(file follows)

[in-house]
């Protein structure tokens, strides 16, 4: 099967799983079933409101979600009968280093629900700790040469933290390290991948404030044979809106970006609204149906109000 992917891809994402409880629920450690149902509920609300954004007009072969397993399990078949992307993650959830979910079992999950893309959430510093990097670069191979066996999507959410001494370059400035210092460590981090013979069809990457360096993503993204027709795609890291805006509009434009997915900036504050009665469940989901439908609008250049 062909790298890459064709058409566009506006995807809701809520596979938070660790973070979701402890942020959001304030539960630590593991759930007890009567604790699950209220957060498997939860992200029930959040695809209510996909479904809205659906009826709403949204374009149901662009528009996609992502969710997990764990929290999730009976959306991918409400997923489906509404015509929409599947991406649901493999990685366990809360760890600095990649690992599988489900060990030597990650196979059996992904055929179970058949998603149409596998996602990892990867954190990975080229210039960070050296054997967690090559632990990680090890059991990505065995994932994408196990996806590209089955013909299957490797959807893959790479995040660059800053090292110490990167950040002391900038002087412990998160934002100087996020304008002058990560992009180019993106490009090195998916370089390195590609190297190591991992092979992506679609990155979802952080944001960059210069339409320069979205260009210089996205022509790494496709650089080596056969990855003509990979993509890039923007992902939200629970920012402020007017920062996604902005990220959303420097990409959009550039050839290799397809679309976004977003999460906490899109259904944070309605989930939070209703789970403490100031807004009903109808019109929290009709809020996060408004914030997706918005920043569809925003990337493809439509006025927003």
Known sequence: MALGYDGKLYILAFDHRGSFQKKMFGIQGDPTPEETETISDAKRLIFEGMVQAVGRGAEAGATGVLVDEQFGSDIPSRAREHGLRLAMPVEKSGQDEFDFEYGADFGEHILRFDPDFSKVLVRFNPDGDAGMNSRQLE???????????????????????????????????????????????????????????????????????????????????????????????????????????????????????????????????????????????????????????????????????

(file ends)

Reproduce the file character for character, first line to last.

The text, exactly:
[in-house]
């Protein structure tokens, strides 16, 4: 099967799983079933409101979600009968280093629900700790040469933290390290991948404030044979809106970006609204149906109000 992917891809994402409880629920450690149902509920609300954004007009072969397993399990078949992307993650959830979910079992999950893309959430510093990097670069191979066996999507959410001494370059400035210092460590981090013979069809990457360096993503993204027709795609890291805006509009434009997915900036504050009665469940989901439908609008250049 062909790298890459064709058409566009506006995807809701809520596979938070660790973070979701402890942020959001304030539960630590593991759930007890009567604790699950209220957060498997939860992200029930959040695809209510996909479904809205659906009826709403949204374009149901662009528009996609992502969710997990764990929290999730009976959306991918409400997923489906509404015509929409599947991406649901493999990685366990809360760890600095990649690992599988489900060990030597990650196979059996992904055929179970058949998603149409596998996602990892990867954190990975080229210039960070050296054997967690090559632990990680090890059991990505065995994932994408196990996806590209089955013909299957490797959807893959790479995040660059800053090292110490990167950040002391900038002087412990998160934002100087996020304008002058990560992009180019993106490009090195998916370089390195590609190297190591991992092979992506679609990155979802952080944001960059210069339409320069979205260009210089996205022509790494496709650089080596056969990855003509990979993509890039923007992902939200629970920012402020007017920062996604902005990220959303420097990409959009550039050839290799397809679309976004977003999460906490899109259904944070309605989930939070209703789970403490100031807004009903109808019109929290009709809020996060408004914030997706918005920043569809925003990337493809439509006025927003």
Known sequence: MALGYDGKLYILAFDHRGSFQKKMFGIQGDPTPEETETISDAKRLIFEGMVQAVGRGAEAGATGVLVDEQFGSDIPSRAREHGLRLAMPVEKSGQDEFDFEYGADFGEHILRFDPDFSKVLVRFNPDGDAGMNSRQLE???????????????????????????????????????????????????????????????????????????????????????????????????????????????????????????????????????????????????????????????????????